d) impossible to say

so p = Fav t

Here, F and p are the same for both balls!


It will take the same amount of time
to stop them.

p
p

Question 9.9b Going Bowling II


A bowling ball and a Ping-Pong
ball are rolling toward you with the
same momentum. If you exert the

a) the bowling ball


b) same distance for both

same force to stop each one, for

c) the Ping-Pong ball

which is the stopping distance

d) impossible to say

greater?

p
p

Question 9.9b Going Bowling II


A bowling ball and a Ping-Pong
ball are rolling toward you with the
same momentum. If you exert the

a) the bowling ball


b) same distance for both

same force to stop each one, for

c) the Ping-Pong ball

which is the stopping distance

d) impossible to say

greater?

Use the work-energy theorem: W = KE.


The ball with less mass has the greater
speed (why?), and thus the greater KE (why
again?). In order to remove that KE, work
must be done, where W = Fd. Because the
force is the same in both cases, the
distance needed to stop the less massive
ball must be bigger.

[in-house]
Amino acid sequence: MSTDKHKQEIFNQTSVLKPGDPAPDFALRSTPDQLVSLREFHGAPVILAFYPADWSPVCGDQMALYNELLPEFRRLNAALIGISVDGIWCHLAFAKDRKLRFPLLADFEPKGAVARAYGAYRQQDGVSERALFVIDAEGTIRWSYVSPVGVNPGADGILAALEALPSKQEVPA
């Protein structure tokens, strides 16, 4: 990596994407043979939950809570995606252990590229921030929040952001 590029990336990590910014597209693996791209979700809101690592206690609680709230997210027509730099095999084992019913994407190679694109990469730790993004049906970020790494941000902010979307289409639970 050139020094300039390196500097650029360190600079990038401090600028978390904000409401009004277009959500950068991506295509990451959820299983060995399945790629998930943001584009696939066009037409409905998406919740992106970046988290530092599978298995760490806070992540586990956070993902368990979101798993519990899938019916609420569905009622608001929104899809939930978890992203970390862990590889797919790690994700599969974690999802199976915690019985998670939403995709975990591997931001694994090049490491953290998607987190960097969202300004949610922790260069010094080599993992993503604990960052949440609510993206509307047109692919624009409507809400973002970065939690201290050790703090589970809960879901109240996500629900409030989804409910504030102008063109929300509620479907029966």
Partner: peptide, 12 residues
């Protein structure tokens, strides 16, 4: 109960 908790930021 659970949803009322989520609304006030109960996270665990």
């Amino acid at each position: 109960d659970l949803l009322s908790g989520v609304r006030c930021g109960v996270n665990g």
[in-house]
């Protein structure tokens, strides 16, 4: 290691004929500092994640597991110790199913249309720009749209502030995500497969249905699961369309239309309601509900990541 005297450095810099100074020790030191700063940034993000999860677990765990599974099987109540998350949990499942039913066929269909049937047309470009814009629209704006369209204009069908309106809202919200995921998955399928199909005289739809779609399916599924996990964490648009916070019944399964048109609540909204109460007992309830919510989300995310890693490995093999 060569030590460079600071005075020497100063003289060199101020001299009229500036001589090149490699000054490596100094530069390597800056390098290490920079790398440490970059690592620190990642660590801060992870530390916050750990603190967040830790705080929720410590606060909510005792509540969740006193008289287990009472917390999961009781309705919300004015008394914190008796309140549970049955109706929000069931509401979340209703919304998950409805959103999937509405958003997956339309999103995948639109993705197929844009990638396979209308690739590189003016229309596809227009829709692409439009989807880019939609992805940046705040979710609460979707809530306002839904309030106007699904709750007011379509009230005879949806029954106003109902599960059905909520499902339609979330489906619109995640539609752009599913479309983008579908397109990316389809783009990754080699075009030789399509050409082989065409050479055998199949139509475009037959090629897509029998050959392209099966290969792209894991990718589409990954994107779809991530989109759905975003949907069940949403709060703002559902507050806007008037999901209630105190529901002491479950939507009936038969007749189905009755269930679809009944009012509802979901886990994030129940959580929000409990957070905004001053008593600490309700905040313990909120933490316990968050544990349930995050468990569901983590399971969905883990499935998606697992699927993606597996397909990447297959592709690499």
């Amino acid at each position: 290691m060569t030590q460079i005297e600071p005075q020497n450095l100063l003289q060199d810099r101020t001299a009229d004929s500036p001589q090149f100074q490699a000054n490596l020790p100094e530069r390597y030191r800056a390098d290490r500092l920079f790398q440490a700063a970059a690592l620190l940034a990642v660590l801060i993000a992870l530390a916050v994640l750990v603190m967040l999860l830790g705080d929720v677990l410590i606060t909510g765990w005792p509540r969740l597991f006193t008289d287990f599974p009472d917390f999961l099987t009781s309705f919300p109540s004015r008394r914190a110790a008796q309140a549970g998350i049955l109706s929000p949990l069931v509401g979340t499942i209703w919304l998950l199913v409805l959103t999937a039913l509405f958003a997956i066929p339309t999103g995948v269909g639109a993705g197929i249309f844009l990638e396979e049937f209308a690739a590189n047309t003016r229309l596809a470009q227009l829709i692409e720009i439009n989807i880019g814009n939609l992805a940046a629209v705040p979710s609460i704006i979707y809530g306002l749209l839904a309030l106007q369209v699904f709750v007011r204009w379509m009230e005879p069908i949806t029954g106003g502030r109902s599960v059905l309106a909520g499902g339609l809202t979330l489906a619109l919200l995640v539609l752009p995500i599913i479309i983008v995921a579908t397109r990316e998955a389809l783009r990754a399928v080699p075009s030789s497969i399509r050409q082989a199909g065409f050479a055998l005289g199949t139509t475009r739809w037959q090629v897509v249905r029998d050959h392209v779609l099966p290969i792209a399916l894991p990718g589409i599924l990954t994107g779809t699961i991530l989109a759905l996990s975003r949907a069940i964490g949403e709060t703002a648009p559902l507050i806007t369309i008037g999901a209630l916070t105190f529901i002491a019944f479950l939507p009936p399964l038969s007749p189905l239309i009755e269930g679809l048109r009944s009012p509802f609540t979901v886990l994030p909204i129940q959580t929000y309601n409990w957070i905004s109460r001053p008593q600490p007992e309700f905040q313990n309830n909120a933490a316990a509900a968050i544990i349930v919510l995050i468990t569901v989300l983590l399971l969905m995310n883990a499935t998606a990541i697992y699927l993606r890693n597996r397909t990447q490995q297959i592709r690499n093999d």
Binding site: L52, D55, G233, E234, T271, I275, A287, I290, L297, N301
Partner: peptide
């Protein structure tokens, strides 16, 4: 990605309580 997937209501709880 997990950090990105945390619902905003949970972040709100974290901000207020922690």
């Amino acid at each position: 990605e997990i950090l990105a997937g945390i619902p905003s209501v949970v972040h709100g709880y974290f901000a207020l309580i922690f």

p
p

Question 9.10a Elastic Collisions I


Consider two elastic collisions:
1) a golf ball with speed v hits a
stationary bowling ball head-on.
2) a bowling ball with speed v hits a
stationary golf ball head-on. In which
case does the golf ball have the
greater speed after the collision?

a) situation 1
b) situation 2
c) both the same

at rest

at rest

Question 9.10a Elastic Collisions I


Consider two elastic collisions:
1) a golf ball with speed v hits a
stationary bowling ball head-on.
2) a bowling ball with speed v hits a
stationary golf ball head-on. In which
case does the golf ball have the
greater speed after the collision?

Remember that the magnitude of the


relative velocity has to be equal before
and after the collision!

a) situation 1
b) situation 2